CSotD: Things We Should Already Know

Kal Kallaugher describes a central issue in the campaign to “Make America Great Again” that goes beyond border walls and is at the heart of a whole lot of issues we’re dealing with.

America as a “Melting Pot” derives from a 1908 play by Israel Zangwill, an immigrant from Britain who was, himself, the son of immigrants from Latvia and Poland.

It’s a nice fantasy, a land in which all religious, cultural and racial differences are “melted” into a new identity, but, in practice, it never brought about the cheerful cafe-au-lait color in Zangwill’s dream, here being applied by the painters.

Rather, “we” (that dangerous word) welcomed immigrants who became like “us.”

Perhaps the best illustration is, oddly, not at our ports of entry but at the Carlisle Indian School, where our first Americans were shorn of their long hair, stripped of their language and religion and taught that success depended on becoming like “us.”

That process was demanded of everyone, Irish or Bohemian or Jewish or Asian or black, even by good people of good intentions: Jacob Riis, an immigrant who championed the poor and downtrodden, wrote embarrassingly stereotyped descriptions of the various ethnicities in the slums he fought to improve.

Which in today’s hyper-critical, perfectionist world means that we should probably hate and reject him, too, for living by the values of his own times instead of anticipating ours.

However, all great social reformers of that era — not just Riis — assumed that the best policy for immigrants was to adapt to the prevailing customs of their new homeland, to be part of the never-darkening Melting Pot, as opposed to what Canadians today refer to as the colorful Cultural Mosaic.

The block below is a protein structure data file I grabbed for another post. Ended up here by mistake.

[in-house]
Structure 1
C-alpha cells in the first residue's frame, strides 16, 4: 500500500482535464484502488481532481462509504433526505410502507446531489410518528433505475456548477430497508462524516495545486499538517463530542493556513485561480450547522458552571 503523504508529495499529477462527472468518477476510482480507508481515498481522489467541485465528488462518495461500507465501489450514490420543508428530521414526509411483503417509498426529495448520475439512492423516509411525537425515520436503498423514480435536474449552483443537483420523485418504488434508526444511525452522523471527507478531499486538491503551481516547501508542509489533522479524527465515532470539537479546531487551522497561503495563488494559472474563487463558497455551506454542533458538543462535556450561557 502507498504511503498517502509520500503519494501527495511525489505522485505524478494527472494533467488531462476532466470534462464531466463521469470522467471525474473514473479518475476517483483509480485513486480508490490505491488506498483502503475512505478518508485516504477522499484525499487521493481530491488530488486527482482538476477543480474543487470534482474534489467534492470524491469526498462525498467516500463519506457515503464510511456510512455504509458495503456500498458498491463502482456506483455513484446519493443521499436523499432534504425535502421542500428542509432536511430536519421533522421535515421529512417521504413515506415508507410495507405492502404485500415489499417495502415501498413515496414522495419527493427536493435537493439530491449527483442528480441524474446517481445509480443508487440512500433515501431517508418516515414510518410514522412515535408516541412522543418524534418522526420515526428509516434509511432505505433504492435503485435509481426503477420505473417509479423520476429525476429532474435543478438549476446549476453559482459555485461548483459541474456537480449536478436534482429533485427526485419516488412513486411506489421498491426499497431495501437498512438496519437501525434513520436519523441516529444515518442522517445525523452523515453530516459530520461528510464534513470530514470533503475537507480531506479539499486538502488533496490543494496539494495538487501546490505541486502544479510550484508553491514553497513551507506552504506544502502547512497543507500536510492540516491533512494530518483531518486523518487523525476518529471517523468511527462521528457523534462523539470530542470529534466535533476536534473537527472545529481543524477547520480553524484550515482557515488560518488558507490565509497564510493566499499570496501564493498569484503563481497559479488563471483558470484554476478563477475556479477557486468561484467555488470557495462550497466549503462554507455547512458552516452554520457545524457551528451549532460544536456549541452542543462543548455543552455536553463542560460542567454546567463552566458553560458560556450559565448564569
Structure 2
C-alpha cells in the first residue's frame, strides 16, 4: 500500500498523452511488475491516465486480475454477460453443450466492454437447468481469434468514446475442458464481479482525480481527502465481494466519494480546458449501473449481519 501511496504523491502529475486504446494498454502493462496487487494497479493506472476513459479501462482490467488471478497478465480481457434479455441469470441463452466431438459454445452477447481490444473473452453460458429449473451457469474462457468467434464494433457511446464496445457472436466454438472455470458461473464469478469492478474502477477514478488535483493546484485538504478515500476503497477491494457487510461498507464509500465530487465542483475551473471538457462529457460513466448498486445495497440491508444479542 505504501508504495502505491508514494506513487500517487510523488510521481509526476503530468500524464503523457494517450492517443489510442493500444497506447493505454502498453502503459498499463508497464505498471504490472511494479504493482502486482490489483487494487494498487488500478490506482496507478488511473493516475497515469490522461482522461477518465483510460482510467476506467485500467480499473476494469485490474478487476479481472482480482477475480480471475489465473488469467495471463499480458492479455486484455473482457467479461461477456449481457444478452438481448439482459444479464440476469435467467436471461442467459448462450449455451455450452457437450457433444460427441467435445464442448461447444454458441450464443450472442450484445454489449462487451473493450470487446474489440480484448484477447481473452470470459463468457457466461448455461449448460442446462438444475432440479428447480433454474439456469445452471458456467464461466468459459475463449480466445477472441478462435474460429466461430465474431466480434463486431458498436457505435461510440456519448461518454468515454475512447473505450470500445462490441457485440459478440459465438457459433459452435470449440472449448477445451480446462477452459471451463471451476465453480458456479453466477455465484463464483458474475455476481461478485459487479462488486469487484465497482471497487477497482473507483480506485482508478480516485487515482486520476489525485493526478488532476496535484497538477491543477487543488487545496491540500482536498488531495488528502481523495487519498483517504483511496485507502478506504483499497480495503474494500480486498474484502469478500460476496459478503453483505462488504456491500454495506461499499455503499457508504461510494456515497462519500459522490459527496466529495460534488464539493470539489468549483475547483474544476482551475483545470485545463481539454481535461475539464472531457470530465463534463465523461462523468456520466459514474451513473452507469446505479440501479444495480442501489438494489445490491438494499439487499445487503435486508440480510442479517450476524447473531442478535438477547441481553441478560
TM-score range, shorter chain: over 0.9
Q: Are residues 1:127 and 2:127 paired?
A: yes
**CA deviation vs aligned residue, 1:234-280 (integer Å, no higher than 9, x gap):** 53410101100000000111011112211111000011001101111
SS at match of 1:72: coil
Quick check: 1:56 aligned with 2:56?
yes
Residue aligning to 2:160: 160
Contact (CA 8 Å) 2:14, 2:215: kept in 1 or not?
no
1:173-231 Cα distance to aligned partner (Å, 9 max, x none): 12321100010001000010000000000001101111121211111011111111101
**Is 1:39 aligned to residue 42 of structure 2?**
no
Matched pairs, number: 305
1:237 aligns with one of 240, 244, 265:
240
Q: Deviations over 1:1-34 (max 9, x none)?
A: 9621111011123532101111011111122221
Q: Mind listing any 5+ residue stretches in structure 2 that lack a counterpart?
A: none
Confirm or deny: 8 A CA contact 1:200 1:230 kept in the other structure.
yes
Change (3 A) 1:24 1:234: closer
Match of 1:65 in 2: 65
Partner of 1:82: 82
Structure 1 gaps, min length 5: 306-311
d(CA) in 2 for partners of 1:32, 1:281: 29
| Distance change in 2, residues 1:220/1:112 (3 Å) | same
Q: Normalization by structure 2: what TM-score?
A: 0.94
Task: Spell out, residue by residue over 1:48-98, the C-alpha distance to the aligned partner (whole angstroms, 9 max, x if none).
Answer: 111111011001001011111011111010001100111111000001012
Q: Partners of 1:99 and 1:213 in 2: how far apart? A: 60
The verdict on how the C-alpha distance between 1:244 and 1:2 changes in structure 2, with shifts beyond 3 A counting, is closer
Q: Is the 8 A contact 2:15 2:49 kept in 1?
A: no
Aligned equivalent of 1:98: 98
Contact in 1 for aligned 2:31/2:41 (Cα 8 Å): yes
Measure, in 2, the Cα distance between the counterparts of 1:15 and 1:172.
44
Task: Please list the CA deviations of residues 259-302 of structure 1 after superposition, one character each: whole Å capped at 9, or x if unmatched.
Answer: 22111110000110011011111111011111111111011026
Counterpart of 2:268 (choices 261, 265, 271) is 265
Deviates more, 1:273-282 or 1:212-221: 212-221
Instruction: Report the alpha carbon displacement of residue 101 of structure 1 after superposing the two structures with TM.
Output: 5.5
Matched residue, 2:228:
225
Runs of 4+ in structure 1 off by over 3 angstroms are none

I wish we would study our past in order to understand our present, and save our condemnation for those who continue to maintain that viewpoint today.

Which would include Dear Leader in his role as exemplar of those who fear immigrants and the browning of America, and whose vision of making America great again means returning to an era in which the WASP viewpoint was not only the default but the goal.

After all, he may not have quite won the popular vote, but he certainly was embraced by a great many of our fellow citizens.

Which brings us to our

Juxtaposition of the Day

(Mike Marland)


(Bill Bramhall)


(Clay Jones)


(Matt Davies)

I considered stringing these through a narrative rather than bunching them up in a Juxtaposition, but, while each is different, they’re yet all one.

Our media world has, over the past generation, gone from a world of gatekeepers to one of “Choose Your Own Adventure,” such that the MAGA people in Clay Jones’ cartoon can actually demand that the bartender turn to a channel that provides the news they prefer, and there will be such a channel.

Marland, however, makes a somewhat more sweeping point, which is that we see what we want to see, which feeds into Bramhall’s question about judgment and selective values.

Davies deals the card that is most complex, because our media have changed, and, while it’s not fair to blame them entirely for the choices the audience makes, it is perfectly fair to analyze what the audience is being offered.

We’re encouraged by Dear Leader and others of his ilk to dismiss things we don’t like as “fake news” and to dismiss media that doesn’t serve up our preferred menu of facts as “the enemy of the people.”

But it’s worth repeating that, as noted here the other day, even Fox News analyst Howard Kurtz has acknowledged that coverage of the Jussie Smollett incident was responsible.